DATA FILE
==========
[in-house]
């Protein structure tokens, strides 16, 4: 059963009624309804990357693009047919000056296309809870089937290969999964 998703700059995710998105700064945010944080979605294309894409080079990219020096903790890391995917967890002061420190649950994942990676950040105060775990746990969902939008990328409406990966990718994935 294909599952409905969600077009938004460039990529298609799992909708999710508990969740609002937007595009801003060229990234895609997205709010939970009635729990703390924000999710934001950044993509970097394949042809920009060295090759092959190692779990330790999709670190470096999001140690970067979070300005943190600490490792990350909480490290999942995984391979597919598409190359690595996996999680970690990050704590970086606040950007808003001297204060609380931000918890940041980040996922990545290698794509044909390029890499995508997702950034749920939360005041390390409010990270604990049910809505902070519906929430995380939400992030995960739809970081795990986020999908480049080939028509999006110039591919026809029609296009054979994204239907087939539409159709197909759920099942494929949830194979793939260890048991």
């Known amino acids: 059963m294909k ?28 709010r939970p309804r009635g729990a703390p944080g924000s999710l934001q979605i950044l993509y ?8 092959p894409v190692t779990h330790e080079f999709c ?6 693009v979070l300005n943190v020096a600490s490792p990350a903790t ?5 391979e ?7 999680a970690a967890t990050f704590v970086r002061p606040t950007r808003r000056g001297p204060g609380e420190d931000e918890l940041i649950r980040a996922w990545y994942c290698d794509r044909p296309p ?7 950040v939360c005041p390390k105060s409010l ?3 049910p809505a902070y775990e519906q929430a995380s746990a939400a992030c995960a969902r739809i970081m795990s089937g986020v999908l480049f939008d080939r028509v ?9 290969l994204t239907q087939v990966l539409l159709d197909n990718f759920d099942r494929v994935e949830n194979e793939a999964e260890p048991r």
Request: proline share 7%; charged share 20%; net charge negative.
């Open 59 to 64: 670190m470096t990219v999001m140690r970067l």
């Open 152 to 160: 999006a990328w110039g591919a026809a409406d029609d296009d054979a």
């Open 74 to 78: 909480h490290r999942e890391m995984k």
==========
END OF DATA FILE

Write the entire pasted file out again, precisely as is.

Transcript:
[in-house]
């Protein structure tokens, strides 16, 4: 059963009624309804990357693009047919000056296309809870089937290969999964 998703700059995710998105700064945010944080979605294309894409080079990219020096903790890391995917967890002061420190649950994942990676950040105060775990746990969902939008990328409406990966990718994935 294909599952409905969600077009938004460039990529298609799992909708999710508990969740609002937007595009801003060229990234895609997205709010939970009635729990703390924000999710934001950044993509970097394949042809920009060295090759092959190692779990330790999709670190470096999001140690970067979070300005943190600490490792990350909480490290999942995984391979597919598409190359690595996996999680970690990050704590970086606040950007808003001297204060609380931000918890940041980040996922990545290698794509044909390029890499995508997702950034749920939360005041390390409010990270604990049910809505902070519906929430995380939400992030995960739809970081795990986020999908480049080939028509999006110039591919026809029609296009054979994204239907087939539409159709197909759920099942494929949830194979793939260890048991």
């Known amino acids: 059963m294909k ?28 709010r939970p309804r009635g729990a703390p944080g924000s999710l934001q979605i950044l993509y ?8 092959p894409v190692t779990h330790e080079f999709c ?6 693009v979070l300005n943190v020096a600490s490792p990350a903790t ?5 391979e ?7 999680a970690a967890t990050f704590v970086r002061p606040t950007r808003r000056g001297p204060g609380e420190d931000e918890l940041i649950r980040a996922w990545y994942c290698d794509r044909p296309p ?7 950040v939360c005041p390390k105060s409010l ?3 049910p809505a902070y775990e519906q929430a995380s746990a939400a992030c995960a969902r739809i970081m795990s089937g986020v999908l480049f939008d080939r028509v ?9 290969l994204t239907q087939v990966l539409l159709d197909n990718f759920d099942r494929v994935e949830n194979e793939a999964e260890p048991r």
Request: proline share 7%; charged share 20%; net charge negative.
């Open 59 to 64: 670190m470096t990219v999001m140690r970067l």
């Open 152 to 160: 999006a990328w110039g591919a026809a409406d029609d296009d054979a």
């Open 74 to 78: 909480h490290r999942e890391m995984k």